ディアスポラの信仰者 : 在日アフマディーヤ・ムスリムにみるグローバル状況下のアイデンティティ(<特集>アイデンティティと帰属をめぐるアポリア-理論・継承・歴史) Diaspora Believers : Ahmadiyya Muslims' Identity within Globalization(<Special Theme>Aporias of Identity and Belonging: Theory, Continuity, and History)

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本稿は、宗教を淵源とするディアスポラ・アイデンティティの構築とその次世代再生産にかかる日常実践を、在日アフマディーヤ・ムスリムを事例として描く。アイデンティティの構築性を前提として、それが構築されるということを、行為主体としての個人だけでなく、個人が帰属する共同体、さらには社会的背景をも視野に入れつつ、民族誌的文脈のなかから捉え返そうとする試みであるともいえる。その際には、グローバル化や越境、国家との関係、言葉、ジェンダーに特に注目する。アフマディーヤは19世紀末、英領インドのパンジャーブ州に興ったイスラーム系の新宗教である。インド・パキスタン分離独立の際本部をパキスタンに移し、その後さらにパキスタン政府からの迫害により本部をイギリスに移転、現在に至る。信徒数は公称数千万、現在はパキスタンよりも欧米や西アフリカで勢力を伸ばしている。極端な平和主義と教団の高度な組織化、カリフ制の採用などに教団の特徴がある。本稿ではアフマディーヤ信徒たちを、国家の外縁に確信的に逃れながら、居場所とアイデンティティ保持のために平和的に交渉する多様な主体として位置づける。そして信徒らがどのようにアイデンティティを保持し、その世代間継承につとめているか、国家との関係や距離感、ホスト社会の内部での立ち位置の取り方などを具体的に検討する。それによって、ディアスポラにとってのアイデンティティや「いま、ここ」が持つ多様な帰属のあり方の意味と可能性、そして限界を明らかにしたい。なお本稿は2012年5月から現在に至るまで継続的に主に愛知県で行ったフィールド調査で得たデータに基づく。

<p>This paper aims to elucidate the situation of religious minority diaspora under globalization, based on the following characteristics: nation-state, languages, gender, generations, and belonging. This paper is a case study of the Ahmadiyya Muslim community in Japan, based on cultural anthropological fieldwork from May 2012 to the present. Ahmadiyya, founded in 1889, was one of the new religious movements started in British India, originating with the life and teachings of Mi^^-rza^^- Ghula^^-m Ahmad (1835-1908) . It now has tens of millions adherents (called Ahmadis) worldwide, especially in Europe, North America, and West Africa. Today, about 200 Ahmadis live in Japan, most of whom are from Pakistan, and the rest from India, Indonesia, and other countries. In 1947, when Pakistan broke off from India and both countries gained independence from Britain, the Ahmadis moved from India to Pakistan, and built their base camp in what they named Rabwah. Like other Indian Muslims who migrated from India to Pakistan, the Ahmadis chose Pakistan as the nation-state that they wished to live in. The nation-state 'Muslim Pakistan' was created to develop a sense of unity among Muslims based on their Islamic identity. In that context, the definition of Islam was discussed in Pakistan as such: "Who are we as Muslims, and who are others as heathens?" From the 1950's, Maudu^^-di^^- (1903-1979), the leader of Jamat al-Islam Pakistan, looked upon the Ahmadis as an enemy. After the coup of 1977, they were in league with then-President Zia-ul-Haq, who had emphasized Islam to legitimate his governance because of the lack of popularity, and went on a political campaign against them. As a result, the Ahmadis lost their legal rights as Muslims through a constitutional amendment in 1974. Furthermore, on April 26, 1984, then-President Zia-ul-Haq issued Martial Law Ordinance XX, which amended Pakistan's Penal Code sections 298-B and 298-C, forbidding Ahmadis to do missionary work, uphold the practice of Azan, give sermons, and 'indirectly or directly pose as a Muslim.' The persecution of the Ahmadiyya community has thus been completely legalized, even encouraged, by the Pakistani government. Most Ahmadis who live in Japan emigrated after the 1980's. Ahmadis' distinguishing traits are extreme pacifism, high systematization, and adoption of the caliphate. In this paper, the Ahmadis are described as being prepared to negotiate peacefully with others to keep their identity and to create their own place to live, without infringement from any nation-state and with human rights. We show how they strive to express their religious identity and to maintain that identity in host societies, and how they develop the next generation's religious identity in diaspora. Nation-State: There are only isolated instances of Muslims who accept the separation of religion and politics. However, the Ahmadiyya are noticeable different in this matter. Their founder, Mi^^-rza^^- Ghula^^-m Ahmad (1839-1908) , ordered his followers to 'protect the sanctity of both religion and government by becoming righteous souls as well as loyal citizens,' 'love your country,' and avoid violence. Even though the Pakistani government oppressed them, the Ahmadis never disputed with the government. They escaped from Pakistan and went to other countries where they could live in peace. In their host countries, they respect the host government and try to be loyal citizens as per their founder's teachings. Furthermore, they feel that they now belong to the host country because they live there, and because the host country guarantees them freedom of religion as well as human rights. Languages: As is the case with most Pakistanis, the Ahmadis usually know several different languages. Most of Ahmadis are from Punjab, so their native language is Punjabi. While they can speak</p><p>(View PDF for the rest of the abstract.)</p>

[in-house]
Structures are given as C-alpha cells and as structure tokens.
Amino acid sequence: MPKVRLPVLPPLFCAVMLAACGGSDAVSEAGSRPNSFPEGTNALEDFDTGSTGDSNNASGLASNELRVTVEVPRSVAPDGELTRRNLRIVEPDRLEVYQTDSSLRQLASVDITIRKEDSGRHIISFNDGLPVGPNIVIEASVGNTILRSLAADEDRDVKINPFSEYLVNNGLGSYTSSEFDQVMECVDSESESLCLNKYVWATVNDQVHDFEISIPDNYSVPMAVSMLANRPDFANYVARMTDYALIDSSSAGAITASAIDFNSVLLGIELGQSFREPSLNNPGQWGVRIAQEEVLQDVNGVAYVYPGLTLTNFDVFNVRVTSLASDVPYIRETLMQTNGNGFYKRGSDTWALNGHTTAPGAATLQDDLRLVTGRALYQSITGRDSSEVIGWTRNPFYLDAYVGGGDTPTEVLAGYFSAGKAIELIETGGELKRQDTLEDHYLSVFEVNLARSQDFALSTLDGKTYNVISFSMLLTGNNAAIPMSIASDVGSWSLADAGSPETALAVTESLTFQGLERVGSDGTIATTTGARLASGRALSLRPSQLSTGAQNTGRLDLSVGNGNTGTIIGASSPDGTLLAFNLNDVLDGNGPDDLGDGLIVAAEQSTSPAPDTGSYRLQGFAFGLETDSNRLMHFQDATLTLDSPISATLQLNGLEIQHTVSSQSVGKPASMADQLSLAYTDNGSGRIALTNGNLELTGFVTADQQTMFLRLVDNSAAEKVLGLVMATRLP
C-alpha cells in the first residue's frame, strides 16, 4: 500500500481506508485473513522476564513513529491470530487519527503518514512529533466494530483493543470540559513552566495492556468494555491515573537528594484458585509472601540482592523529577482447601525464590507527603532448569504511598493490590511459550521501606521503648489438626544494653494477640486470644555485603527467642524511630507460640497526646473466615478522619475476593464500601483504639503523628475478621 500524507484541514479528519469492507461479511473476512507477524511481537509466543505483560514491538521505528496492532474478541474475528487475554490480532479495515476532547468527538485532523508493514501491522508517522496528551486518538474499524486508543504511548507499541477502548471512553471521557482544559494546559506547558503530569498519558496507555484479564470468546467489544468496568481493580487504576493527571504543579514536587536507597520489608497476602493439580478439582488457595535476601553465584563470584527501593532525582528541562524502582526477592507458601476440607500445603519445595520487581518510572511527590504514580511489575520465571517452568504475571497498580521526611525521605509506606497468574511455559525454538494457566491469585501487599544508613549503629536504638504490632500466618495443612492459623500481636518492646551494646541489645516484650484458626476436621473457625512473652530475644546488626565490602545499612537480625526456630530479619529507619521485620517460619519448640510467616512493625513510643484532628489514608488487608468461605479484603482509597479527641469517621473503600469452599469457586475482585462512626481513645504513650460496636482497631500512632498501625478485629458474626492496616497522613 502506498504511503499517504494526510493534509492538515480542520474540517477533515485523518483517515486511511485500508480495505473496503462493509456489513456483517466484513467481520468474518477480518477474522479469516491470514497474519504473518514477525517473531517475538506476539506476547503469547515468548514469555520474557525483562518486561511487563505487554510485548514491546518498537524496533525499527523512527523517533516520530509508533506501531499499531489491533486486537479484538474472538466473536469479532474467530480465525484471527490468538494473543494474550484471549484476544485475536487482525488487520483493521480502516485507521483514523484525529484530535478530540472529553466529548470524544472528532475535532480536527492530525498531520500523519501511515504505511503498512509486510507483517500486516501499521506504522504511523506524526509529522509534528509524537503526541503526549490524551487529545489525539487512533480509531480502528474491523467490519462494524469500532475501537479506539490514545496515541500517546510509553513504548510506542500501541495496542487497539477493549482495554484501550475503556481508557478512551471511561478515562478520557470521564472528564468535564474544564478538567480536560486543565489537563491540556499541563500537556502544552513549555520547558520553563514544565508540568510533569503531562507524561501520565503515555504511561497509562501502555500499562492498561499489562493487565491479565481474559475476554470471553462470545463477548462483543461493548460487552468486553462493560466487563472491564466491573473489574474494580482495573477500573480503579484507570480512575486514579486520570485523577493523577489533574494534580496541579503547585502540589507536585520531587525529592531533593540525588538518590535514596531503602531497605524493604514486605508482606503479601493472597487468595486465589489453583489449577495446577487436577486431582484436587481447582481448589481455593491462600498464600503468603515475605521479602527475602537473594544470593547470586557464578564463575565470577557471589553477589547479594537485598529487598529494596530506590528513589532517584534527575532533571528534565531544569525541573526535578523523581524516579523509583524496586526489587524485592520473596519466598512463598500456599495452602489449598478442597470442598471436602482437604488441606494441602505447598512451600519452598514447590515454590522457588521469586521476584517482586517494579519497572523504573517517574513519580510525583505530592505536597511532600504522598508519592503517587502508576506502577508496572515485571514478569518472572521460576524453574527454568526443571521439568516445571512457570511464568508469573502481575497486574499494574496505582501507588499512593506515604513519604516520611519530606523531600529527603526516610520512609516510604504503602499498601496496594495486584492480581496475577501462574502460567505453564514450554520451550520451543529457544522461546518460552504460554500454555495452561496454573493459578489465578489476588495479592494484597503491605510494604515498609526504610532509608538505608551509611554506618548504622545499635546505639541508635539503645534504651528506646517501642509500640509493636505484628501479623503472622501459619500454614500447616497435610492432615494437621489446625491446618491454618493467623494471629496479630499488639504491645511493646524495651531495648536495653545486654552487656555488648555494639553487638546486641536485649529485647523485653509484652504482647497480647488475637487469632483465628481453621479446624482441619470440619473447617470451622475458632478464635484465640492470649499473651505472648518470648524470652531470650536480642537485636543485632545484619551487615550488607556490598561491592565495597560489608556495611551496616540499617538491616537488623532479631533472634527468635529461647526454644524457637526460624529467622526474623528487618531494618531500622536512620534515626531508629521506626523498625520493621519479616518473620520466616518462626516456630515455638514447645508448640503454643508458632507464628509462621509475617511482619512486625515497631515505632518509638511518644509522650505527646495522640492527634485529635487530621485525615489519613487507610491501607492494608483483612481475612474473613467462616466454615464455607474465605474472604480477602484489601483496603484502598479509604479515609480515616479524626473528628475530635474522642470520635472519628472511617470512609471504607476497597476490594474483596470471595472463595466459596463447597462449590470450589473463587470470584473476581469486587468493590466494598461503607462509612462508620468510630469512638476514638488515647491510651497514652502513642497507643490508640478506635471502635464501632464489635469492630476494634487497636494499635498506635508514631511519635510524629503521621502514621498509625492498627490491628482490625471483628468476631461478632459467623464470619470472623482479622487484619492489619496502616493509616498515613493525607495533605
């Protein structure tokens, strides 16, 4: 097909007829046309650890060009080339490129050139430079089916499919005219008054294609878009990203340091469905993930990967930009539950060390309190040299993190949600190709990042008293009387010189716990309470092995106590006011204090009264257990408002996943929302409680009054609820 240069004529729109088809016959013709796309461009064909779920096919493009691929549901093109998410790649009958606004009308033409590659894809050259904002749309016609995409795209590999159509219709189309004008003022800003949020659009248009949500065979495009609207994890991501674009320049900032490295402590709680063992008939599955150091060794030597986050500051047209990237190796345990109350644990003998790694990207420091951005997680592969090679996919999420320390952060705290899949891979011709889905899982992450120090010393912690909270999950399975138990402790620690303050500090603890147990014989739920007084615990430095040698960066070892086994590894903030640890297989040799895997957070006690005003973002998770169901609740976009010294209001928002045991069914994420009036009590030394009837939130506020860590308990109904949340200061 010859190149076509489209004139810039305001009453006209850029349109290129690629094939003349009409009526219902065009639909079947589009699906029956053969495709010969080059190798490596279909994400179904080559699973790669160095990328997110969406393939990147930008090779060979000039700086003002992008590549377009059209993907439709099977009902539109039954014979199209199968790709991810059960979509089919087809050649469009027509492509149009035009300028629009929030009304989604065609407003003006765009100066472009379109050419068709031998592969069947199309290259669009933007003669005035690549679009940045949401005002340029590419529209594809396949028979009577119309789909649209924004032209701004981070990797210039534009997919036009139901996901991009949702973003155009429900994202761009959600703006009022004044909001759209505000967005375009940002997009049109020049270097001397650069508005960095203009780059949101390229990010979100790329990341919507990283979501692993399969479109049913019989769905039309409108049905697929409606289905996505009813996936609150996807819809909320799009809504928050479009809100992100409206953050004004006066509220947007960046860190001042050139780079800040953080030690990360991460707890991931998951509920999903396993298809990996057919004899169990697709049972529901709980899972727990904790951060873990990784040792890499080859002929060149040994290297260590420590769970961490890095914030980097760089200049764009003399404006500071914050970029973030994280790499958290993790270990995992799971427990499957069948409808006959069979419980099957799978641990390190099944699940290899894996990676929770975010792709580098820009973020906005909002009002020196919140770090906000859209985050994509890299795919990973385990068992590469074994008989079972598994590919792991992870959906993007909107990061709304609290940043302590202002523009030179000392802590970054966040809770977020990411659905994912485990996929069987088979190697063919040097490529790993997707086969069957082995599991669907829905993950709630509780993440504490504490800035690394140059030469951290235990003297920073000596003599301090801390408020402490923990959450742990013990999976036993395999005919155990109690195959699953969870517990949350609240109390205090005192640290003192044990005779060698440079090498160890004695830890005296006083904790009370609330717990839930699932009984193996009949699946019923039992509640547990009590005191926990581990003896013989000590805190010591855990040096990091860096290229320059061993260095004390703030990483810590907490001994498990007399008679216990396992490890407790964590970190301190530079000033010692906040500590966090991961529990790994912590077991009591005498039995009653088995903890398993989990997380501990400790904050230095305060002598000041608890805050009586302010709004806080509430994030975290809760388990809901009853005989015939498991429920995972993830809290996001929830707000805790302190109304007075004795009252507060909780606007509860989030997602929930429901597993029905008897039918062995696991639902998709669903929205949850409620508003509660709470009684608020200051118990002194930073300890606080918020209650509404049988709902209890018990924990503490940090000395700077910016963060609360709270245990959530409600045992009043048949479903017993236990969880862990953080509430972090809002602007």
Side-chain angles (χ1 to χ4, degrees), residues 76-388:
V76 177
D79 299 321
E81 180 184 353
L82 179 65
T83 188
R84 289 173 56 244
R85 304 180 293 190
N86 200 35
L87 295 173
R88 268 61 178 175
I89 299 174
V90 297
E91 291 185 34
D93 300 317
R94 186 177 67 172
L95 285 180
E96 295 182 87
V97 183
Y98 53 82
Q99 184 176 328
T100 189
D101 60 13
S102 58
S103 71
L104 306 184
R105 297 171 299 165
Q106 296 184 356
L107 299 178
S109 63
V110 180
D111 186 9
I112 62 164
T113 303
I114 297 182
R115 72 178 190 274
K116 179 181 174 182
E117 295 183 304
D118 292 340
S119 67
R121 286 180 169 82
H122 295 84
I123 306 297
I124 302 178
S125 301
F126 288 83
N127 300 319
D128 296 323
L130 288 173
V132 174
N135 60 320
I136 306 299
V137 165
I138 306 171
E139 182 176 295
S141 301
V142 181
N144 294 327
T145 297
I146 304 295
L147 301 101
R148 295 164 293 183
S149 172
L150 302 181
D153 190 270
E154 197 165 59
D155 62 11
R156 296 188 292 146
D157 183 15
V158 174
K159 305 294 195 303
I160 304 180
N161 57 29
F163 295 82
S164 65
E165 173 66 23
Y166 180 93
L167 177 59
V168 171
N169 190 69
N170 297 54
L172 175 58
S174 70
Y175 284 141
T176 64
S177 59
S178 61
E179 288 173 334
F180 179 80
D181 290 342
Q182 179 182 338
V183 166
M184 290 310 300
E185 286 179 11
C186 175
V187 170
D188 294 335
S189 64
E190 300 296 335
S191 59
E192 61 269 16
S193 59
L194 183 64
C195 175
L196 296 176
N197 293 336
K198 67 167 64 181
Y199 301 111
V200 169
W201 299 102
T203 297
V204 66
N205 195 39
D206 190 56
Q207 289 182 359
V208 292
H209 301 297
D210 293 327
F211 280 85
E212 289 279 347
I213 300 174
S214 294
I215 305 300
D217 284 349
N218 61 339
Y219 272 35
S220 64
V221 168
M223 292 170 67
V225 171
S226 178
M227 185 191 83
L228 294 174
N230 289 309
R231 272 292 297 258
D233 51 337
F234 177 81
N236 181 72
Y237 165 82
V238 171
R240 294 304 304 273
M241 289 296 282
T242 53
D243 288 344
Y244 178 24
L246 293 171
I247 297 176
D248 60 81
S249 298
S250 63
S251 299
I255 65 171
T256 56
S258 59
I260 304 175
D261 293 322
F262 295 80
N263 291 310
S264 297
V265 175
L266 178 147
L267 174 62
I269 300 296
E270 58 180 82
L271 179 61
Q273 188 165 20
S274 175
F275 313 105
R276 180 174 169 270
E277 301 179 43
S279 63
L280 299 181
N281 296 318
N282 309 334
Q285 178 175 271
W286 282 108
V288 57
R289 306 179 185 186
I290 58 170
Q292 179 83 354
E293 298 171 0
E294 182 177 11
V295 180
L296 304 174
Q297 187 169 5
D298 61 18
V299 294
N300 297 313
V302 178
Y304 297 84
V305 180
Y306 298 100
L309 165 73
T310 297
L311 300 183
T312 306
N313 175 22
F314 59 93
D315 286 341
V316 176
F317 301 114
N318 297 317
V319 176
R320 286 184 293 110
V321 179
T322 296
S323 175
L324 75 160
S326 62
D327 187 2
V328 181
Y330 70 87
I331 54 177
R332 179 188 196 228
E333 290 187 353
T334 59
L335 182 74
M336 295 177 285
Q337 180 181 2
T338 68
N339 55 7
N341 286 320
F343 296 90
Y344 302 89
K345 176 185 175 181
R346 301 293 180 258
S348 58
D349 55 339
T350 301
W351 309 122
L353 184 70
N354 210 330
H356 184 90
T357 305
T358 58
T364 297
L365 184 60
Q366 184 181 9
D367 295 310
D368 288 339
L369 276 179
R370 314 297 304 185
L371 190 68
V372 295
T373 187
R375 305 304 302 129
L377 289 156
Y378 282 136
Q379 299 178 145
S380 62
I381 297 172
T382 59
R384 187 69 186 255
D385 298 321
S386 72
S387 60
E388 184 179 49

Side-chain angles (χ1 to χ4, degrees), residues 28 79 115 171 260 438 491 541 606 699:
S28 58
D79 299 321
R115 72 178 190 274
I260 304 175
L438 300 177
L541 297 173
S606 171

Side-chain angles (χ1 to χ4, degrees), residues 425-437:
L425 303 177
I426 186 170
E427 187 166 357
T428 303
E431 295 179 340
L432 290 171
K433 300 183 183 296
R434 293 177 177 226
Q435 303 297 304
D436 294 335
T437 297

収録刊行物

  • 文化人類学

    文化人類学 78(2), 204-224, 2013

    日本文化人類学会

各種コード

  • NII論文ID(NAID)
    110009657425
  • NII書誌ID(NCID)
    AA11958949
  • 本文言語コード
    JPN
  • ISSN
    1349-0648
  • NDL 記事登録ID
    024917191
  • NDL 請求記号
    Z8-240
  • データ提供元
    NDL  NII-ELS  J-STAGE 
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